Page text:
No tickets. No game.

I. Can. Be. Flexible. I will not cry. I will not shout. I will not melt. I will be flexible. I will go into my own world, texting Leigh a few times, until I can come back out and be calm. And, amazingly, I did just that.

We got ice cream instead (Rita’s chocolate ice with coffee custard, anyone? Mmm, ice cream). We looked at cats in the pet store. We got catnip for Elsie. Mom made it as good a day as it could have been, other than going to the baseball game with the potential of a new friend. When I got home, I e-mailed two of the group members (the girl who has HFA, and a guy who has Asperger’s and loves cats). I explained that I missed the game today because of a mix-up, but that I really wanted to make a friend in the area, and what do they like to do? And I see that you like cats. I love cats. So, anyway, maybe that will go somewhere.

I’d been looking forward to this event for a month. Now I have to wait another month for the next event. Sigh. I’m sorry for the disappointing post, friends. Sometimes, you have to be flexible, though. I knew you could do it. And hey, you can be okay, because Elsie got some catnip out of the whole deal, and she’s really cute when she rolls around in it!

>Scattered thoughts


I don’t really know what to write about. I can’t focus enough to pick a topic and stick to it. Every time I start something, my mind skips around to something else. In general, I have a really hard time finishing what I start… at worst, it’s hard to even finish a thought. This could be considered at worst.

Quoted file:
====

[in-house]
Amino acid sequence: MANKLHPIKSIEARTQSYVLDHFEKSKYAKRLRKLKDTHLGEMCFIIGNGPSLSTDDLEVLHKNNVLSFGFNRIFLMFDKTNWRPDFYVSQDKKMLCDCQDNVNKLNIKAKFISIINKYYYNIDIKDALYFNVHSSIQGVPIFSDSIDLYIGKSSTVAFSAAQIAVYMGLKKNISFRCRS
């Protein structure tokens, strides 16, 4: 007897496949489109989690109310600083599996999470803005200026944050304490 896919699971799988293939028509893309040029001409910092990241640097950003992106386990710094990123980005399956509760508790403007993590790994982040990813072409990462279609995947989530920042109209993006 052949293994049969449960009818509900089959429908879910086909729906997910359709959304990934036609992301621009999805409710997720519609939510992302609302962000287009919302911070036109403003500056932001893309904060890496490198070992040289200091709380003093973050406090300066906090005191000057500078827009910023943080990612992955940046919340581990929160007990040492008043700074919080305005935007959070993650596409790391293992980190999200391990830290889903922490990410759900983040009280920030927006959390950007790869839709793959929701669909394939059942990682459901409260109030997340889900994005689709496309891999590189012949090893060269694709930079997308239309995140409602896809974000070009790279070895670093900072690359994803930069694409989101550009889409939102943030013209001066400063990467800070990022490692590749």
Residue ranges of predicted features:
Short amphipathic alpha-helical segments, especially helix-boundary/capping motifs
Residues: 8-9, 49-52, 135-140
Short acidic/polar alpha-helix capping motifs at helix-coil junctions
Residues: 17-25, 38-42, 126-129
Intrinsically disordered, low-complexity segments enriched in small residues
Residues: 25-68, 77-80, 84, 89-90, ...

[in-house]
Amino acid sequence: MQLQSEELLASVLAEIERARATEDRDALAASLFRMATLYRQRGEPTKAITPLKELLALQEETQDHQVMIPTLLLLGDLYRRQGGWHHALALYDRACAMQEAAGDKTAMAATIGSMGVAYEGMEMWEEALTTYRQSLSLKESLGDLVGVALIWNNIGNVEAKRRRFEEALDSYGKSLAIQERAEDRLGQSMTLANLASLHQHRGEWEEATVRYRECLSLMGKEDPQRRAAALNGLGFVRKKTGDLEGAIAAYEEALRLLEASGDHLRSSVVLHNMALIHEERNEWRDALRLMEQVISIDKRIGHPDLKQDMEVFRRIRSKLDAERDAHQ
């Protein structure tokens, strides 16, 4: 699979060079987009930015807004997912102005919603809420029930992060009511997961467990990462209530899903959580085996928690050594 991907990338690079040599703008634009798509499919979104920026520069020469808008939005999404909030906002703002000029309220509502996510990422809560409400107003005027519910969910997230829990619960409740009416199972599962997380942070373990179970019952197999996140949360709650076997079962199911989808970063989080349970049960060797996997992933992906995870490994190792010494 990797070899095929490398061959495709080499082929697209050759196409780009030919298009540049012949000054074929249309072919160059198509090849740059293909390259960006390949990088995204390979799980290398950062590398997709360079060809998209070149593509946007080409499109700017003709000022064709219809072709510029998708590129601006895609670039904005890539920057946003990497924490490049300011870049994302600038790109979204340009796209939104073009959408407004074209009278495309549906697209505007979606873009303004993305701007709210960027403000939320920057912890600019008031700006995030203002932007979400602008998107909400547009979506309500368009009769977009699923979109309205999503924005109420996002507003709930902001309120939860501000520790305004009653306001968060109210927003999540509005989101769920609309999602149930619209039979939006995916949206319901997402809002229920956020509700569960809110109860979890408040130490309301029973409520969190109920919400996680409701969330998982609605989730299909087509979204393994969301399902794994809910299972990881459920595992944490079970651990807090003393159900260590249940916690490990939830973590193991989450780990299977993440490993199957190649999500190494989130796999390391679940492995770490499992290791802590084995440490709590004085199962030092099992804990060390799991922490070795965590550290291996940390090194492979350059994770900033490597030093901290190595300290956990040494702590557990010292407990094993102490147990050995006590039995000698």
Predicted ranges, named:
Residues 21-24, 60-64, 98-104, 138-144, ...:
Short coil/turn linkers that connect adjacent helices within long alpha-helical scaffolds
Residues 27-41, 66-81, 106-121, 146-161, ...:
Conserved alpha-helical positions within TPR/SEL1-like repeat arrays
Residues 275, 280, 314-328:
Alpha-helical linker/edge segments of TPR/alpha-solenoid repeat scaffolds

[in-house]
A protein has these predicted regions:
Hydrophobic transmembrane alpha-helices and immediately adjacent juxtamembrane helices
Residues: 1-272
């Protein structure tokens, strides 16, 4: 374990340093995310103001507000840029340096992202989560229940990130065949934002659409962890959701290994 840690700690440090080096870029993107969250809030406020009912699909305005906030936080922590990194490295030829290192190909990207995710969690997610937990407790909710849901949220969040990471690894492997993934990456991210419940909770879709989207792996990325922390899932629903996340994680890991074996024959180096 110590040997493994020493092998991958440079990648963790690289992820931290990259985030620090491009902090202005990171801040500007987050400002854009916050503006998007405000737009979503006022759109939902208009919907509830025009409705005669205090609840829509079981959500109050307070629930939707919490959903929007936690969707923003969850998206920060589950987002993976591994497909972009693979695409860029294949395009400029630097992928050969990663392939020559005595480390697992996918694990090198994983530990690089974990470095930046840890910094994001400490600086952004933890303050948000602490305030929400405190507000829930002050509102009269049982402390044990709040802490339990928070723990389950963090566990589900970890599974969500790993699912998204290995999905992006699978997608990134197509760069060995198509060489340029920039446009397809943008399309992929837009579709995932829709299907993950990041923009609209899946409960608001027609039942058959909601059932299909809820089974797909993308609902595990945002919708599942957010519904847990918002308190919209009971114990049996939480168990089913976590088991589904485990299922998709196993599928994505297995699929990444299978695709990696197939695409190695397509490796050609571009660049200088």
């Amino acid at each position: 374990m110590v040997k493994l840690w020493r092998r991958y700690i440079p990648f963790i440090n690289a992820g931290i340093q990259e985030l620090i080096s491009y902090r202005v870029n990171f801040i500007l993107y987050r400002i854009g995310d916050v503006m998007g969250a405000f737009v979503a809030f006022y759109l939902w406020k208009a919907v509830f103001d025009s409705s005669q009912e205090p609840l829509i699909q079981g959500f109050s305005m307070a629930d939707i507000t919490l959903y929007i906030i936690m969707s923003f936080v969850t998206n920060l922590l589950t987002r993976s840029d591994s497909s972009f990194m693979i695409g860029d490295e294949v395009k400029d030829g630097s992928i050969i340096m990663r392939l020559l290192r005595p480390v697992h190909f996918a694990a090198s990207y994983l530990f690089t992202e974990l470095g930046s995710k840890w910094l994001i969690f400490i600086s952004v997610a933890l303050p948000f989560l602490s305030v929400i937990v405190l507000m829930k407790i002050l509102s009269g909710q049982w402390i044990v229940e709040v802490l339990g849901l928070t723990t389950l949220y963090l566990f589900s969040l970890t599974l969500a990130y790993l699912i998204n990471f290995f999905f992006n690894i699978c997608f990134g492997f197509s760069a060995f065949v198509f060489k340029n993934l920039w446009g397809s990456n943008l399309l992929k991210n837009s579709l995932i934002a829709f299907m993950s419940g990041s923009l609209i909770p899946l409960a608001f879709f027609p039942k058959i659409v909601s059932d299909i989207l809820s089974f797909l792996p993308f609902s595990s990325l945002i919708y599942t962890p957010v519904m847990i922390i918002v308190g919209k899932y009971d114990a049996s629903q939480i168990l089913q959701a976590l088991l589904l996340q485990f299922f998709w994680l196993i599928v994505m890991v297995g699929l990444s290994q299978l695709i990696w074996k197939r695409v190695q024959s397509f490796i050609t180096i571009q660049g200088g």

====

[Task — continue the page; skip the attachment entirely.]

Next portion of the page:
Leigh suggested writing about how upset I get when my schedule is changed. Last year, we had plans to spend a weekend at her house, five hours away from school. When we had to reschedule for the next weekend instead, I shut down and didn’t want to go at all. That’s how I cope with schedule change. I just don’t go to whatever it is. That can cause problems when “it” is work or class or something else that I’m expected to attend.
I considered writing about friendships and autism. Growing up, I had one “best friend” from down the street who I always played with, and that was it. When she started to make other friends in middle school, and I didn’t, I just spent more time by myself. Then in 9th grade, when she realized that she basically had to choose between all of the “other” friends and me, because I wasn’t “cool enough” to hang out with all of those girls (not to mention, didn’t want to hang out with them), she ditched me. I didn’t even play with other kids until I was in 2nd grade… I completely ignored them. Big surprise, eh? My one friend and I played very specific things… when she tried to get me to play Barbies, she’d always tell me, “You’re doing it wrong!” Friendships have always been hard for me. At this point, I don’t have any friends in my city. My closest friends are at the college I graduated from last year, an hour away. That’s why I don’t write about “oh I went here with so-and-so…” I don’t go here with so-and-so. I stay home, with my mom. I have a couple of very, very close friends, who I know won’t be scared away by the difficulties that autism presents. I’m so grateful for them. Still, it can be hard work for me not to run and hide from them when it gets to be too much.

I thought about writing about “sharing enjoyment.” There are a couple symptoms of autism that I don’t have, and that’s one of them. Please, please laugh with me. I have a really hard time doing the whole pretending to be excited for someone thing. Example: my sister is shopping for her wedding dress. I love my sister, but I don’t care about dresses. Yes, they’re pretty. I will look at it and say “that’s pretty,” but that’s probably it. However, I desperately want other people to feel excited about the things that I’m excited about, like the autism walk. Like cats. Especially cats.